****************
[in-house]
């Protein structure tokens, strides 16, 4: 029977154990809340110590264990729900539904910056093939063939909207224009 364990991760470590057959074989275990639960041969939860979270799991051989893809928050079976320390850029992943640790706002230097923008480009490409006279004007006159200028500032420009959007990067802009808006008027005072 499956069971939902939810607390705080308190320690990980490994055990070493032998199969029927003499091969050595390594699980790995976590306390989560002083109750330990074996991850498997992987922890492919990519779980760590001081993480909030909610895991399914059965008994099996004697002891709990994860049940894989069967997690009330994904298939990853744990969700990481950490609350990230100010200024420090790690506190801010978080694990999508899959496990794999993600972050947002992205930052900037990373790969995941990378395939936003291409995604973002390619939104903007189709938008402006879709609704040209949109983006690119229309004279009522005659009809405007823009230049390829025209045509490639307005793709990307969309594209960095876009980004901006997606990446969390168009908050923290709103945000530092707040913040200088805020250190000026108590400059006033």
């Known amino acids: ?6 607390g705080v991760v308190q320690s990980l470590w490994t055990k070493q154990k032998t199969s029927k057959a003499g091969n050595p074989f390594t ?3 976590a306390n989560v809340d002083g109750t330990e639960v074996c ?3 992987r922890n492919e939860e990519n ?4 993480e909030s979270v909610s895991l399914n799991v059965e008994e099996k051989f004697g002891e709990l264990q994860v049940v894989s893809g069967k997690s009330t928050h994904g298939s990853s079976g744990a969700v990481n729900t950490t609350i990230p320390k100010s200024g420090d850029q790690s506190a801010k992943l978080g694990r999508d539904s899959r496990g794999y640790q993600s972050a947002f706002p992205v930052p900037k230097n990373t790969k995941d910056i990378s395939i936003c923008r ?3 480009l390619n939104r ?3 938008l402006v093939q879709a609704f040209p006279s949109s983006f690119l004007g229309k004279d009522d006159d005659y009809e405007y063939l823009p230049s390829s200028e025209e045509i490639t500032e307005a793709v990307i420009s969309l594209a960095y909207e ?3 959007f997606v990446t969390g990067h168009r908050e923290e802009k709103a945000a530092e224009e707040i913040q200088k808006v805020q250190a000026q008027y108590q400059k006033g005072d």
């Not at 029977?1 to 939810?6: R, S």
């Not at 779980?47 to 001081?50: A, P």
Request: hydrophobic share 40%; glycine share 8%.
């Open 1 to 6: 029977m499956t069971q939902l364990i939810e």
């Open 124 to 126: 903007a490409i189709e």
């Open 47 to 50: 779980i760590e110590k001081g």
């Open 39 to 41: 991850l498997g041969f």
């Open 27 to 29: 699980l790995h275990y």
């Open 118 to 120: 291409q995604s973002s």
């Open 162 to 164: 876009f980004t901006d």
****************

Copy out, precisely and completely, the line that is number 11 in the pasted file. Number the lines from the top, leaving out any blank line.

């Open 27 to 29: 699980l790995h275990y």